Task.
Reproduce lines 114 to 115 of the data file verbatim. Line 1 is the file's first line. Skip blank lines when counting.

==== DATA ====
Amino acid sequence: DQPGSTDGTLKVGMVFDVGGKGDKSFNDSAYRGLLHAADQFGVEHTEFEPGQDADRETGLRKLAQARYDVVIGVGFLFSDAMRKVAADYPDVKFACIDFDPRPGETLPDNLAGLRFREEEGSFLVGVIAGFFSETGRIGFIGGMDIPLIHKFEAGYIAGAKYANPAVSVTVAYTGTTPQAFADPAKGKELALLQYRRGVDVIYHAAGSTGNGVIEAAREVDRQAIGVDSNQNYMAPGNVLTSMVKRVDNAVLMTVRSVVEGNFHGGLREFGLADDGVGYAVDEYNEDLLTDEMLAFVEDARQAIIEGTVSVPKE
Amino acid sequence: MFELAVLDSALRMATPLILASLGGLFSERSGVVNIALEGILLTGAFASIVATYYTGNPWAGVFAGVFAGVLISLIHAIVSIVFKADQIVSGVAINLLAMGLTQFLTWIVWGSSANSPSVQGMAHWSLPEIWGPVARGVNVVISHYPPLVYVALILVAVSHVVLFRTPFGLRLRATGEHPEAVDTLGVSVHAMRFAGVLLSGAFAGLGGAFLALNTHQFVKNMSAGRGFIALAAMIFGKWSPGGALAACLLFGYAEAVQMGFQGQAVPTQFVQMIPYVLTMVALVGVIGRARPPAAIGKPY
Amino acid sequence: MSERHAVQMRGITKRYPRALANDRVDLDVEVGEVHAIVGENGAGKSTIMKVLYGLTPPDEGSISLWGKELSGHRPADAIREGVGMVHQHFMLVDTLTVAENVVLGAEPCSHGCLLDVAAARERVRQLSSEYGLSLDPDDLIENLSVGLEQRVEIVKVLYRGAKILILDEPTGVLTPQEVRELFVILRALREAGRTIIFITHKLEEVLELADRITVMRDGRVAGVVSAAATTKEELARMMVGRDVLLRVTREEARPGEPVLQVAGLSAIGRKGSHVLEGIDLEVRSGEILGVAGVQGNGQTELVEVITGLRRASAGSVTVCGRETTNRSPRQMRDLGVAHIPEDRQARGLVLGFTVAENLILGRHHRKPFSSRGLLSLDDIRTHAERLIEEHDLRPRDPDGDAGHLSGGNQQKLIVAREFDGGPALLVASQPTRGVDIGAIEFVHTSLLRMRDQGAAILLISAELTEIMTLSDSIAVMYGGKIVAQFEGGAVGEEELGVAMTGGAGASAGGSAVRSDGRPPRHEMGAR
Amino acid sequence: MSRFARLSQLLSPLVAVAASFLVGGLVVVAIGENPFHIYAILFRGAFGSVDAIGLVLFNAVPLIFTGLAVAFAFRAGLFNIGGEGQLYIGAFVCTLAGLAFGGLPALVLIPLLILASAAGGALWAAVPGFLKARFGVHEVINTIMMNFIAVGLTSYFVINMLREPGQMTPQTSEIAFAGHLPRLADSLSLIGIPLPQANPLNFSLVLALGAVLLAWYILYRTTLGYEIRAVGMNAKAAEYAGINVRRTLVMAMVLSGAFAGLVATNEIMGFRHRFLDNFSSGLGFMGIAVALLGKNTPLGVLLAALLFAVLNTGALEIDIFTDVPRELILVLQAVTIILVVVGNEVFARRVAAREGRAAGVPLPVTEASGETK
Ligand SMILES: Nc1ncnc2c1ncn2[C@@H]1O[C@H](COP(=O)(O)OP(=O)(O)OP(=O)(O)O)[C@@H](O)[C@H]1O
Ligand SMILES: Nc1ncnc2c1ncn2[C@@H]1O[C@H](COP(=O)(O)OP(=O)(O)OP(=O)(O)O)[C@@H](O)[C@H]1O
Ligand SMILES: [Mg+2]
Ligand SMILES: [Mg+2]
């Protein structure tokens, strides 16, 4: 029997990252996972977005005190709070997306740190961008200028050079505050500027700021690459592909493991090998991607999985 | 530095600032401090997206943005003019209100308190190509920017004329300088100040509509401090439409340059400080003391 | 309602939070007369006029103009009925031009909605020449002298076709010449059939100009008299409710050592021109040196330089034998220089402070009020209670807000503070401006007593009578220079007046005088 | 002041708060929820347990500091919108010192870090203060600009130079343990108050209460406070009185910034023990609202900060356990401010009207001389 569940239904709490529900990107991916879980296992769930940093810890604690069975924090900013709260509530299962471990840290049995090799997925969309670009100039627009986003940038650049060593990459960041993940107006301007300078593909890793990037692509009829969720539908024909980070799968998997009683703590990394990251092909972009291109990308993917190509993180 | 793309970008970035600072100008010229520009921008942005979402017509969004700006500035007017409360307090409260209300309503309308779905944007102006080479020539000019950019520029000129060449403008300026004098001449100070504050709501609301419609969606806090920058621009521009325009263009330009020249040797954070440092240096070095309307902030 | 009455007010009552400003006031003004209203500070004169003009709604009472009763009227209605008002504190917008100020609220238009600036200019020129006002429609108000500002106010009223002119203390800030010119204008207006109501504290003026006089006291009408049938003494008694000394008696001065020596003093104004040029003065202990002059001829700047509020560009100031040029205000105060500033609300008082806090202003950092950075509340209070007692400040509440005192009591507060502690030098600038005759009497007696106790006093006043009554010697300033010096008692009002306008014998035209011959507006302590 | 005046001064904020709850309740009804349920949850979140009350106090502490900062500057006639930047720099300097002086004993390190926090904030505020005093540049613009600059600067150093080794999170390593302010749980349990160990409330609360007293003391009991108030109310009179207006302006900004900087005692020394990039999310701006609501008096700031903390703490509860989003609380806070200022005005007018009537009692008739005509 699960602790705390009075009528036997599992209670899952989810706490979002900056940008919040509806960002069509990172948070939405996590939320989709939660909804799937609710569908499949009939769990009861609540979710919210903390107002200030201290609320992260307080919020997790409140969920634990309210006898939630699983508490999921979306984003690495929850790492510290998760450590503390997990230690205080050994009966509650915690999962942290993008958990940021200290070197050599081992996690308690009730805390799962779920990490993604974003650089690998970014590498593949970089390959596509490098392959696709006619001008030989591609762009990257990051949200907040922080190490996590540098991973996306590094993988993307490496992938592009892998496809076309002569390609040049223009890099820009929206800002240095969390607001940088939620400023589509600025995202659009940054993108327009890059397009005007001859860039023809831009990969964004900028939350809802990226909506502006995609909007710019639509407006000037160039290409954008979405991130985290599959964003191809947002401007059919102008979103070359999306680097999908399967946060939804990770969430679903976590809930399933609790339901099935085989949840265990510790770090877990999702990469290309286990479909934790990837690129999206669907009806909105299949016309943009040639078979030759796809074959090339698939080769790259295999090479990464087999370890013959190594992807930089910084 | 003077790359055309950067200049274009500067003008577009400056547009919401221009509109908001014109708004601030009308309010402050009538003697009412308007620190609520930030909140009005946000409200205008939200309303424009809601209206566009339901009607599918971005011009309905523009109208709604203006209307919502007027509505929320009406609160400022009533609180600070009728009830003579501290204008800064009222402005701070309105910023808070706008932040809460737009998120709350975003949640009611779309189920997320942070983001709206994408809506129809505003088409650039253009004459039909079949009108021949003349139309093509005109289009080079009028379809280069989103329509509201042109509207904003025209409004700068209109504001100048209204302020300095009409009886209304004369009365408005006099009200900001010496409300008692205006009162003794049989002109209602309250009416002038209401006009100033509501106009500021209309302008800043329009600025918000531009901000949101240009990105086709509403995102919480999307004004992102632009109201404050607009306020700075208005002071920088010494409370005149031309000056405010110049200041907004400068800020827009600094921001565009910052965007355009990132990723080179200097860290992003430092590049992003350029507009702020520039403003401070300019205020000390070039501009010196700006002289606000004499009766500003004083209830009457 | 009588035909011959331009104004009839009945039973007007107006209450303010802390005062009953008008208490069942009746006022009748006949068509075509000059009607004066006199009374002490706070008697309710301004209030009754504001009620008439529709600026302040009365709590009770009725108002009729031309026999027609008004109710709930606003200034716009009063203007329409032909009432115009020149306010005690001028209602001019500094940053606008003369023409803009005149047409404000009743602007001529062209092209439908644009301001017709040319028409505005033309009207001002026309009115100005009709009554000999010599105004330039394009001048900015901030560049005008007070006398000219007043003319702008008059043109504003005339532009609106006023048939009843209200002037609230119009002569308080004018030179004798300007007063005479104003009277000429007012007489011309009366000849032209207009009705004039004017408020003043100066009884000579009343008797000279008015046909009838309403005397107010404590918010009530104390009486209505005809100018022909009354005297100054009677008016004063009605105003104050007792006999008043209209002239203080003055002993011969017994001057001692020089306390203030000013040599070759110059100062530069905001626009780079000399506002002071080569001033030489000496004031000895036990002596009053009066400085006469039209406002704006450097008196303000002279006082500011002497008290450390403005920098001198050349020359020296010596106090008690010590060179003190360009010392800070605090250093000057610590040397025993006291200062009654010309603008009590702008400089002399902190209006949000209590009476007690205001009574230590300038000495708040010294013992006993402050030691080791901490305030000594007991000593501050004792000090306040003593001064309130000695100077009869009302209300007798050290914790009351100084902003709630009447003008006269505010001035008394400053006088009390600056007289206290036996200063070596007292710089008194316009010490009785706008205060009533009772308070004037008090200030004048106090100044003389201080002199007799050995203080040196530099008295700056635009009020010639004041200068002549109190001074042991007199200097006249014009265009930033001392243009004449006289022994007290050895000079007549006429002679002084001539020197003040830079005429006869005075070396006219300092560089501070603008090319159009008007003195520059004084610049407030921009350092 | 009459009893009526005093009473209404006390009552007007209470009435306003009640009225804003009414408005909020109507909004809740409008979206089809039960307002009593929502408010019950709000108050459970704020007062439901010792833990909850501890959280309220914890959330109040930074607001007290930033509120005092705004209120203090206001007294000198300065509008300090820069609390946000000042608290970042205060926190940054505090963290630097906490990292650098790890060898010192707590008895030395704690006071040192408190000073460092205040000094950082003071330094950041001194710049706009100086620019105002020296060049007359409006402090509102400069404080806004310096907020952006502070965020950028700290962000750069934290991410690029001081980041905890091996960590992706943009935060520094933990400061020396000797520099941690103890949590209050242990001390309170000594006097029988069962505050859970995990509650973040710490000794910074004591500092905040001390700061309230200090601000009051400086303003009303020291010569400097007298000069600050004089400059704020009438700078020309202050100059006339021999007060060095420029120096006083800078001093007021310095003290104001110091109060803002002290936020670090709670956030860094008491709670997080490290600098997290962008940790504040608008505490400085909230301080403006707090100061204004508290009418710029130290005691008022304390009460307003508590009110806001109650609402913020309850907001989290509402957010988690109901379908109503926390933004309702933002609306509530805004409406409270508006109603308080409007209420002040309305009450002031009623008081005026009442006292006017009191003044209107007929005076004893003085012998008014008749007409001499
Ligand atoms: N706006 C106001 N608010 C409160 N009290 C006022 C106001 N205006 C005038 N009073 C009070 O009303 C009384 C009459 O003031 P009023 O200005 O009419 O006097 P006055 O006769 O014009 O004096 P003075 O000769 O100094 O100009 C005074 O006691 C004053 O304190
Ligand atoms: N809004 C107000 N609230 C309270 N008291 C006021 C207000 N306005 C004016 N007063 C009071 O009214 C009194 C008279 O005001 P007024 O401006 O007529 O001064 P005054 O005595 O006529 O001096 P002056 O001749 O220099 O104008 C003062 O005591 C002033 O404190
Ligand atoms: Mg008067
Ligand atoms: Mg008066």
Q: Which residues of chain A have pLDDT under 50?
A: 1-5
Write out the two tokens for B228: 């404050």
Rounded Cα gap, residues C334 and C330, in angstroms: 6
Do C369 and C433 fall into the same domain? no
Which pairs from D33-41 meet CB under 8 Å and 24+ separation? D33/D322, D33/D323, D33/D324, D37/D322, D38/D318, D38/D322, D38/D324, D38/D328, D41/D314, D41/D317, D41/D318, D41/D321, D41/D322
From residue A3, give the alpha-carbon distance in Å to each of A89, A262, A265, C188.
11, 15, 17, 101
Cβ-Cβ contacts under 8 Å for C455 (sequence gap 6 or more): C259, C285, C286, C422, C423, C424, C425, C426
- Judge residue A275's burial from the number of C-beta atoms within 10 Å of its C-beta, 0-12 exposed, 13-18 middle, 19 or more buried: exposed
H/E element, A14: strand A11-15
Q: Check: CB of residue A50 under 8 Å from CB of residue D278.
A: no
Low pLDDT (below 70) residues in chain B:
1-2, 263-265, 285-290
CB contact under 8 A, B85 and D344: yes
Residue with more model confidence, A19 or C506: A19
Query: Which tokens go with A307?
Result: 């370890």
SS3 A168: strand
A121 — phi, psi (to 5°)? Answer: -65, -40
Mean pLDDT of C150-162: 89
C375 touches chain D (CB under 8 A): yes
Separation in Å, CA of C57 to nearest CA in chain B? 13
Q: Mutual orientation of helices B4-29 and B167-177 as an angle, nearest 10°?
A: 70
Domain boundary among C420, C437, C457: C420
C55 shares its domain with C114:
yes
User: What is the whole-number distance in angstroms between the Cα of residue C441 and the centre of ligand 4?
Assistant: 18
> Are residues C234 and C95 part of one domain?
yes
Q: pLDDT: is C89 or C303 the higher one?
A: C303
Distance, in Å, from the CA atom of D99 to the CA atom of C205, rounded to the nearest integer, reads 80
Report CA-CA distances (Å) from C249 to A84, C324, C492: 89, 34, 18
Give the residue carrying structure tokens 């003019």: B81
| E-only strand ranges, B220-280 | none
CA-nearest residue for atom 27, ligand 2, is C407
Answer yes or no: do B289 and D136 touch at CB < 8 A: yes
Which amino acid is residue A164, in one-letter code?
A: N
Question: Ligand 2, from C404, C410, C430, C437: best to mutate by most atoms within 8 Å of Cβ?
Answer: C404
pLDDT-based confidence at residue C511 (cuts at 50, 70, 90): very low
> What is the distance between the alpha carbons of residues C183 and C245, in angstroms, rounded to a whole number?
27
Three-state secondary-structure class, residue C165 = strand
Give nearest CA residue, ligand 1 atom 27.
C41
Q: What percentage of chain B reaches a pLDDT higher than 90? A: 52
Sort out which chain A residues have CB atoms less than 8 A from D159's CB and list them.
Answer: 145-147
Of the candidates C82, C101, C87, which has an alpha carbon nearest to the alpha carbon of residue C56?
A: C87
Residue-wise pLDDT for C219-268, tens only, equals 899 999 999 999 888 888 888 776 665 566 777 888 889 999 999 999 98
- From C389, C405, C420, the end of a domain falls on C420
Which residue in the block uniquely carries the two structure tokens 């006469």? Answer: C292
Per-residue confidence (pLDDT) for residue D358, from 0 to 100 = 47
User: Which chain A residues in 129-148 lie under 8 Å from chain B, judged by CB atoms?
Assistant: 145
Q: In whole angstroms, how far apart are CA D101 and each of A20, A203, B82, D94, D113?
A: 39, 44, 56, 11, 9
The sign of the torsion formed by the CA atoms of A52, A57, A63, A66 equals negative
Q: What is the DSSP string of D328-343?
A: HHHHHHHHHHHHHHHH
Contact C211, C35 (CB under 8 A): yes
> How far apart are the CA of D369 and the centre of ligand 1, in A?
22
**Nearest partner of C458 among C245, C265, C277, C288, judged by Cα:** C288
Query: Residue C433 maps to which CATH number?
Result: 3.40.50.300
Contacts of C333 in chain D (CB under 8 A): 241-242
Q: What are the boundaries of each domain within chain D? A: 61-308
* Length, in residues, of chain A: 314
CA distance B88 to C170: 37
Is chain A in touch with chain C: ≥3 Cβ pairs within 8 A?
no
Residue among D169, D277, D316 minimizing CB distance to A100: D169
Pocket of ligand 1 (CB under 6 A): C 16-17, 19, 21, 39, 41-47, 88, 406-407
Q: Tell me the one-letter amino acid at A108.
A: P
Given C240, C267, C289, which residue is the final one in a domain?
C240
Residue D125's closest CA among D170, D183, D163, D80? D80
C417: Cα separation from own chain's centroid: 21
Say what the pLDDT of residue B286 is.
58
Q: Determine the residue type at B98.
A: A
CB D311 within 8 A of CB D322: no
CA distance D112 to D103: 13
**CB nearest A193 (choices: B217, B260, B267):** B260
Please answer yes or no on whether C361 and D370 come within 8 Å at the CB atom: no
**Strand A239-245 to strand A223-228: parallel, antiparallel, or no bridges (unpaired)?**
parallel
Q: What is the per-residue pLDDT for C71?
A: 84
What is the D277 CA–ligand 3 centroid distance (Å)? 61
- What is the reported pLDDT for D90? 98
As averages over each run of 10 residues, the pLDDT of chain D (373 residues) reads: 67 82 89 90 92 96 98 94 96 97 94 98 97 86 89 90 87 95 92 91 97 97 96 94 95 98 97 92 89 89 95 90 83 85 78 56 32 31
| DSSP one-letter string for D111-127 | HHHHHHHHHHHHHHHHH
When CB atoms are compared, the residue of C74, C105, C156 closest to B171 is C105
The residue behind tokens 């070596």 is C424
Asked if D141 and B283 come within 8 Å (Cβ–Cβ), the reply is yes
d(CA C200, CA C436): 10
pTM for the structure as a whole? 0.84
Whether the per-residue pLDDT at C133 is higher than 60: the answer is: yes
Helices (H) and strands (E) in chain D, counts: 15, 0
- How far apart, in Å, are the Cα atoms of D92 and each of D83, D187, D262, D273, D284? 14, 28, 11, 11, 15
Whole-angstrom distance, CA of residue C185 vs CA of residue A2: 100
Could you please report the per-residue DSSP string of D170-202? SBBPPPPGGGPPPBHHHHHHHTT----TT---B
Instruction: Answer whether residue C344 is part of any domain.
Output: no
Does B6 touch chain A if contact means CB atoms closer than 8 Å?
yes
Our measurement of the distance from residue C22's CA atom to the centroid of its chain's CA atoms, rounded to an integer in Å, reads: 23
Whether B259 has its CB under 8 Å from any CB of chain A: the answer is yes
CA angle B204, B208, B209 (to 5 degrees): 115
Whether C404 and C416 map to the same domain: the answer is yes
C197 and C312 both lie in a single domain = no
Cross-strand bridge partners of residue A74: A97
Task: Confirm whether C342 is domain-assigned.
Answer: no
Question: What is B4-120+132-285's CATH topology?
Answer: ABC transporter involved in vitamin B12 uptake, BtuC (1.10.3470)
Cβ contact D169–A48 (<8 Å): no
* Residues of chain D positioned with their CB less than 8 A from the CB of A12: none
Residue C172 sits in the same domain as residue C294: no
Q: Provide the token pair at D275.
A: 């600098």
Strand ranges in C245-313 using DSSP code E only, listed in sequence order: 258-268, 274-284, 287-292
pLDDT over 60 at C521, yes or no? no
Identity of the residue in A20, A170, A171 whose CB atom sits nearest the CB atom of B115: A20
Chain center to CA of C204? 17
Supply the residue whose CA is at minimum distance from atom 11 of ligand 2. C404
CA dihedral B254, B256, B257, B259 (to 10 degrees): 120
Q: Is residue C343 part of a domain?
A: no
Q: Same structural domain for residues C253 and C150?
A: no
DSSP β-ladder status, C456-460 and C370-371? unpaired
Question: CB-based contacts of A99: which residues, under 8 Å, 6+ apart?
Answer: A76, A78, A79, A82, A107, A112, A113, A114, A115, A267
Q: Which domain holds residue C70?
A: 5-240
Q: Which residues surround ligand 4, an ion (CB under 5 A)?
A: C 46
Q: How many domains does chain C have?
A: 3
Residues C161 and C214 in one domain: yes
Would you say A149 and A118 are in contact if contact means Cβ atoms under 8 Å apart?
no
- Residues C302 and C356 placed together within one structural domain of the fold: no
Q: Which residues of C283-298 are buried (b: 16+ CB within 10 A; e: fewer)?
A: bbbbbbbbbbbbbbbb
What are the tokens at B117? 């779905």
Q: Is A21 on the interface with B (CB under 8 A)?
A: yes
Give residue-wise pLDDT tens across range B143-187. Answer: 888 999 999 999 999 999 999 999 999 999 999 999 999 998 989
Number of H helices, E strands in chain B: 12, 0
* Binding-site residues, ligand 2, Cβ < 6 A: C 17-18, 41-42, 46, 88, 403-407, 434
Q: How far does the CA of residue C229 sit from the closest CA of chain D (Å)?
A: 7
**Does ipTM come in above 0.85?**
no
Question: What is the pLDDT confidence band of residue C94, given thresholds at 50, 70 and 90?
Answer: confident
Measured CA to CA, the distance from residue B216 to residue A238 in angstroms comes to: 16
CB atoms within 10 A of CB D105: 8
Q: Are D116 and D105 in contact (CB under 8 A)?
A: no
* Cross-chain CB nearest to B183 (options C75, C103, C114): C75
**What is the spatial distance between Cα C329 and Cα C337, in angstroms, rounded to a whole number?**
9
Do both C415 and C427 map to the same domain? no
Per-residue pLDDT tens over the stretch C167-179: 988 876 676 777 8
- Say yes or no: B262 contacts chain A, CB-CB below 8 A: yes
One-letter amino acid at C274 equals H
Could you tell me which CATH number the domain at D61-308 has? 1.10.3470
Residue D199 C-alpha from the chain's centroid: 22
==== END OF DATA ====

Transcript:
- What is the reported pLDDT for D90? 98
As averages over each run of 10 residues, the pLDDT of chain D (373 residues) reads: 67 82 89 90 92 96 98 94 96 97 94 98 97 86 89 90 87 95 92 91 97 97 96 94 95 98 97 92 89 89 95 90 83 85 78 56 32 31